[3] Mény, Y., et Surel, Y. (2000). Par le people, pour le people: Le populisme et les democraties. Paris: Fayard.

[4] Albertazzi, D., et McDonnell, D. (dirs) (2008). Twenty-First Century Populism: The Spectre of Western European Democracy. Basingstoke and New York. NY: Palgrave Macmillan.

[5] Jagers, J. et Walgrave, S. (2007). Populism as Political Communication Style: An Empirical Study of Political Parties’ Discourse in Belgium. European Journal of Political Research, 46: 319-345.

[6] Pauwels, T. (2011). Measuring Populism: A Quantitative Text Analysis of Party Literature in Belgium. Journal of Elections, Public Opinion and Parties, 21: 97-119.

[7] Gomes, P.G. (2010). Da Igreja Eletrônica à Sociedade em Midiatização. São Paulo: Paulinas.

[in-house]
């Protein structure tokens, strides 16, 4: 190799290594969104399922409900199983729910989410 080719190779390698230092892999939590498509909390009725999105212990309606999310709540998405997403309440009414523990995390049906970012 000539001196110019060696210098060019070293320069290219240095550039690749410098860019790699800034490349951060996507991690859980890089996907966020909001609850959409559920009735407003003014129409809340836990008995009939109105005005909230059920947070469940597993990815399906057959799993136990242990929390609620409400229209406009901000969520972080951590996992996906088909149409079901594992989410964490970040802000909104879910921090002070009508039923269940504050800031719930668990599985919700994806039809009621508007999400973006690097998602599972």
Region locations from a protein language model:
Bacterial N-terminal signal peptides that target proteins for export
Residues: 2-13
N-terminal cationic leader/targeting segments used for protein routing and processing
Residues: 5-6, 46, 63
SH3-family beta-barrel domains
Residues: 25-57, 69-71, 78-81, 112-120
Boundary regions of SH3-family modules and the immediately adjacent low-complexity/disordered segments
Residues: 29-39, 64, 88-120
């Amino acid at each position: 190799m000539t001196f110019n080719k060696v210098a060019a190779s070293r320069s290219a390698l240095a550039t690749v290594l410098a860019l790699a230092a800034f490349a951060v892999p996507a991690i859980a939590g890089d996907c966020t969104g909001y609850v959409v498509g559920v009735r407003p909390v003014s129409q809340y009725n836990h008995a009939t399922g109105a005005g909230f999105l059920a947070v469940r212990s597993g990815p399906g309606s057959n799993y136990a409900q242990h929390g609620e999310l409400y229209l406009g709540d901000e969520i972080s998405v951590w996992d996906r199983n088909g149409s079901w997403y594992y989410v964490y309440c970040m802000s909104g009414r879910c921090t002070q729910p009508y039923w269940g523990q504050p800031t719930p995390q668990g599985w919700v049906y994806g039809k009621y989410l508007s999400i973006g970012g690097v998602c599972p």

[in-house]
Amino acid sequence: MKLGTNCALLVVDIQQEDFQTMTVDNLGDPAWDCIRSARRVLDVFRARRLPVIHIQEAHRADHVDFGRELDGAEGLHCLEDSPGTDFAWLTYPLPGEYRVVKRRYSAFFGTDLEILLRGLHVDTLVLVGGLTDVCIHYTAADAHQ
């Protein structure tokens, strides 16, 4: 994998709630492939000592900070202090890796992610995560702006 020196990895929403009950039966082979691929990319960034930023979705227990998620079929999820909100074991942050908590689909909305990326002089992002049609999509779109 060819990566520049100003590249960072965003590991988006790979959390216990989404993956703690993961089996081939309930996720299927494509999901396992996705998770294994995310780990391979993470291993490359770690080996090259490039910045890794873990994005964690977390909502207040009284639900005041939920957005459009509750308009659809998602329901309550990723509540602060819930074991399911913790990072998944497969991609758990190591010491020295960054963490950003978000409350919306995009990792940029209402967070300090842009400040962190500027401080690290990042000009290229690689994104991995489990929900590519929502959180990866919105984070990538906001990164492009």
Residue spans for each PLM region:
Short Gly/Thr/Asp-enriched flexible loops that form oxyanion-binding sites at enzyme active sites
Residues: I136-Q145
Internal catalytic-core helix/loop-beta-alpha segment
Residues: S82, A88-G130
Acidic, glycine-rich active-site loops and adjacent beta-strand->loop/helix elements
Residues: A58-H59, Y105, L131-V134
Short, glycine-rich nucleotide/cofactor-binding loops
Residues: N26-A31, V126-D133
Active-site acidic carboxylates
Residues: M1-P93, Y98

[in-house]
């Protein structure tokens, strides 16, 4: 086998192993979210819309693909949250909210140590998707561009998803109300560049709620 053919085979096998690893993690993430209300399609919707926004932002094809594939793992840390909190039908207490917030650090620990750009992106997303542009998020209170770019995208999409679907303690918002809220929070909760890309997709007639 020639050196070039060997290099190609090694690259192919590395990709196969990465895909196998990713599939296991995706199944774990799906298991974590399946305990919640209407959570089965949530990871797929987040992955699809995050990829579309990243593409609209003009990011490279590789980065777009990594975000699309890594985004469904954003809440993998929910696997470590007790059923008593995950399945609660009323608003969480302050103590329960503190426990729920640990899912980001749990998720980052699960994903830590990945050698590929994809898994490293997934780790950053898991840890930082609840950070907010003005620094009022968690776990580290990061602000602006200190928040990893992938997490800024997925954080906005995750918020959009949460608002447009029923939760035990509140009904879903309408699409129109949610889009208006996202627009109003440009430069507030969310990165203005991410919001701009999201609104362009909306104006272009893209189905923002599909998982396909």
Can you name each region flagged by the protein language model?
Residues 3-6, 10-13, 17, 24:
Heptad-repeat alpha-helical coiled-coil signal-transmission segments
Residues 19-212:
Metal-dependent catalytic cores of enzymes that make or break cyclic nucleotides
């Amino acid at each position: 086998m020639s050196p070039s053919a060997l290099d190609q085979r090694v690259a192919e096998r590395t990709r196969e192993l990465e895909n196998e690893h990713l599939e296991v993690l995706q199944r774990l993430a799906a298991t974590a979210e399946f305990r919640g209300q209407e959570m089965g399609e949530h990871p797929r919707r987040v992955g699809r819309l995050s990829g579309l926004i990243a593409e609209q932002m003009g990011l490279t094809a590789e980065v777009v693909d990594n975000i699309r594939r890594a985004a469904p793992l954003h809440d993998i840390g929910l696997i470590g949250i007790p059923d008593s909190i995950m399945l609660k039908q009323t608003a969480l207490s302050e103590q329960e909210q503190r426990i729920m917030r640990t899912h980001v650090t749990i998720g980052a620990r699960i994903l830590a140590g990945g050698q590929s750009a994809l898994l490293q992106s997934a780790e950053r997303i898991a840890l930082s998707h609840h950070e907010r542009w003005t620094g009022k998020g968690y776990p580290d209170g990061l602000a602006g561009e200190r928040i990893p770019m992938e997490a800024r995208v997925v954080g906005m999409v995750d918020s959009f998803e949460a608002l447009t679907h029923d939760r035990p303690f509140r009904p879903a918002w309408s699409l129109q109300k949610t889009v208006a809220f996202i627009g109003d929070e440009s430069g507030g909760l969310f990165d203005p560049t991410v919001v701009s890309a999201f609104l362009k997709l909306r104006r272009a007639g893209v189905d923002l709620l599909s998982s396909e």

[8] Gutwirth, J. (1998). L'Eglise électronique. La saga des télévangélistes. Paris: Bayard.

[9] For further details see Tudor, M-A, & Bratosin, S. (2021). La médiatisation. Nouveaux défis pour les sciences et la société. Paris: L’Harmattan.

[10] Cuhna, M.N (2017). Do Púlpito às mídias sociais. Evangélicos na política e ativismo digital. Curitiba: Prismas.

[11] Debray, R. (2000b). L’Emprise. Gallimard: Paris.


Mihaela-Alexandra TUDOR, PhD, is Associate Professor Habilitate, PhD supervisor in Media and Communication Sciences at Paul Valéry University Montpellier 3, and deputy director of the research center CORHIS. She has authored books, book chapters, and research articles on mediatized religion and politics, secularization, cultural analysis of interreligious networking, and dialogue.

Photo by Matheus Câmara da Silva on Unsplash